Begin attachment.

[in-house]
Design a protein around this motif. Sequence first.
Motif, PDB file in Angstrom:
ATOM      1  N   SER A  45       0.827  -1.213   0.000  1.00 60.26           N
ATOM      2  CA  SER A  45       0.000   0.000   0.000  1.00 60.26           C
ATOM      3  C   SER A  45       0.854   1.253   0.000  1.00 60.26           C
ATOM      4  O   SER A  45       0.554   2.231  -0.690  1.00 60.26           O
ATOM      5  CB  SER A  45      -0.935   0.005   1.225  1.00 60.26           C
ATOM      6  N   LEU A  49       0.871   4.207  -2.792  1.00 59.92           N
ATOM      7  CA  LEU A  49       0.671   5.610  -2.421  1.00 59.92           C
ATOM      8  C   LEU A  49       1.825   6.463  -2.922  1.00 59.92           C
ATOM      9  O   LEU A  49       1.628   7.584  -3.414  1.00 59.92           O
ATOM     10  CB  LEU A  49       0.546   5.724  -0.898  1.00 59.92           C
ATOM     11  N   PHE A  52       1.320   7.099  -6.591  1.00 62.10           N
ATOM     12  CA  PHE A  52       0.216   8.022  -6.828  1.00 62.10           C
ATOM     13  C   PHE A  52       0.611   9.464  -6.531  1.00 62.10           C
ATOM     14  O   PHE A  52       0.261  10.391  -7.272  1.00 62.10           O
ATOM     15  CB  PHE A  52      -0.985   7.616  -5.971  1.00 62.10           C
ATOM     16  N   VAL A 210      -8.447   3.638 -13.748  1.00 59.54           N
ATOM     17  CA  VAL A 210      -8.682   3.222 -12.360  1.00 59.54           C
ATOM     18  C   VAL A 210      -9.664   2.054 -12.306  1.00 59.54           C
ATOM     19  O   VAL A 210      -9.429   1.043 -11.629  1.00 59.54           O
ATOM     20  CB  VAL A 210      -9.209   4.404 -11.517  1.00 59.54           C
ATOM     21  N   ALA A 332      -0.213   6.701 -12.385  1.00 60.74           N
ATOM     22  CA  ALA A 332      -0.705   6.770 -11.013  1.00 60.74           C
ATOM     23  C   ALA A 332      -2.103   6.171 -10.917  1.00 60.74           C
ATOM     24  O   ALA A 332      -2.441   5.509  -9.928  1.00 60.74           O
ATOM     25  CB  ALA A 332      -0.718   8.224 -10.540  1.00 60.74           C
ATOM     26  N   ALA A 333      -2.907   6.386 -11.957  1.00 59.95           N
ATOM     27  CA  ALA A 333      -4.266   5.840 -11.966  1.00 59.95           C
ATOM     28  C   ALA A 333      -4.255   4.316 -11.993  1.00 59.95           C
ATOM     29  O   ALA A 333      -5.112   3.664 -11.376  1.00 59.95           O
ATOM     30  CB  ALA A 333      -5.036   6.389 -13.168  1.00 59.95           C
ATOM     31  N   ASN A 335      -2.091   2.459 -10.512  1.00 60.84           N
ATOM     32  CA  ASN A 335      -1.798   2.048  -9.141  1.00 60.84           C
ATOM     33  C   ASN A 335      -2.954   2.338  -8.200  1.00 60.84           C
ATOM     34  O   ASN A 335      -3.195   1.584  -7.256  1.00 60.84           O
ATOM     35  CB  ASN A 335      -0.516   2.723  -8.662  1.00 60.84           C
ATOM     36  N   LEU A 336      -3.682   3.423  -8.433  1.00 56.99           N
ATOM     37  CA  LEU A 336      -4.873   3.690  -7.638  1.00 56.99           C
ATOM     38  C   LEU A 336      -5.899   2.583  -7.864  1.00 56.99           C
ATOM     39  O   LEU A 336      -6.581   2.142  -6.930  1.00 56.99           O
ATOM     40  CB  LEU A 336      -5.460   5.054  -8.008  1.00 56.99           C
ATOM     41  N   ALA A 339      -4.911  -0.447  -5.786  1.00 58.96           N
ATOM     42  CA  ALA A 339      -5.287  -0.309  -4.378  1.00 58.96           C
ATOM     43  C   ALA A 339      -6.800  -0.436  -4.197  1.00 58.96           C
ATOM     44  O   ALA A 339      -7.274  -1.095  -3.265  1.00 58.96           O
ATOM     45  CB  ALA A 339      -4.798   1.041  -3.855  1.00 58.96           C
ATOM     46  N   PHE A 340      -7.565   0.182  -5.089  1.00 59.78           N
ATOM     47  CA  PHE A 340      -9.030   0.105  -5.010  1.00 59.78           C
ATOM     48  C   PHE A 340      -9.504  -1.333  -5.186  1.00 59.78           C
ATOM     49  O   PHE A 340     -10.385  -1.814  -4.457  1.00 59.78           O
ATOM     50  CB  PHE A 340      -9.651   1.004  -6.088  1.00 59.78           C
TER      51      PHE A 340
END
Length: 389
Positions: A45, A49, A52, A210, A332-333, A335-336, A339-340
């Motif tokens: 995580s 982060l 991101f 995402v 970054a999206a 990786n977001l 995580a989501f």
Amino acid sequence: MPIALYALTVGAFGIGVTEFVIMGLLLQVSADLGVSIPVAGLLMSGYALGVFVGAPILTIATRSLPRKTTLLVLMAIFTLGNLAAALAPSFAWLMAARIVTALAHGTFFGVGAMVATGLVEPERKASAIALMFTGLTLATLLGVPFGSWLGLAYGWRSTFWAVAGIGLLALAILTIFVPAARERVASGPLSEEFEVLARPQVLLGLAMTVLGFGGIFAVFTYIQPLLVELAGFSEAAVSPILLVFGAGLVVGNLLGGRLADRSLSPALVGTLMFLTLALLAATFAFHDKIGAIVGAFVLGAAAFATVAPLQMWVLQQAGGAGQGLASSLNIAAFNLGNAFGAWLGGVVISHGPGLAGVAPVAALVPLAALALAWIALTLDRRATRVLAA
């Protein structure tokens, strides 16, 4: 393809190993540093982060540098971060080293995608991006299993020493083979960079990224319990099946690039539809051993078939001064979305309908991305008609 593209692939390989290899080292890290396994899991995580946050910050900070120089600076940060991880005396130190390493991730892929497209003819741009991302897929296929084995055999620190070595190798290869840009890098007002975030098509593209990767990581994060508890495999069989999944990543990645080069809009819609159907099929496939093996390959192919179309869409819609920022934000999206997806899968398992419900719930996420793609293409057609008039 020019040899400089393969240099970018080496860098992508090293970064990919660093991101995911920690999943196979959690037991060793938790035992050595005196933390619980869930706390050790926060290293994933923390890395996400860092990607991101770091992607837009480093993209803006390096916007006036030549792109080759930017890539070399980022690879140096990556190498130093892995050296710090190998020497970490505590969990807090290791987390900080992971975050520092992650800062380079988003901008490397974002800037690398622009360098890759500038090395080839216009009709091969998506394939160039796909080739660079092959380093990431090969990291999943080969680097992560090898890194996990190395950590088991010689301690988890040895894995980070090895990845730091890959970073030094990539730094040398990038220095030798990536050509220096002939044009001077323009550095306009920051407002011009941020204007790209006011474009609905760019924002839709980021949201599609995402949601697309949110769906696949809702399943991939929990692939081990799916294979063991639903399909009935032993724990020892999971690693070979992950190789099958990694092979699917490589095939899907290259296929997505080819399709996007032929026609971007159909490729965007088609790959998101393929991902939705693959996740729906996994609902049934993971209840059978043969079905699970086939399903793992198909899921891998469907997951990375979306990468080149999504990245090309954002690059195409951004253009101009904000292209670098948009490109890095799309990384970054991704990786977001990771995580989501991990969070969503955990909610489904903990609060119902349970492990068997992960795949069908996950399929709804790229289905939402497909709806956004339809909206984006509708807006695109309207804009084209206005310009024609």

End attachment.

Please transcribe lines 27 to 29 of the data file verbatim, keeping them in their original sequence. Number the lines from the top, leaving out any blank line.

ATOM     24  O   ALA A 332      -2.441   5.509  -9.928  1.00 60.74           O
ATOM     25  CB  ALA A 332      -0.718   8.224 -10.540  1.00 60.74           C
ATOM     26  N   ALA A 333      -2.907   6.386 -11.957  1.00 59.95           N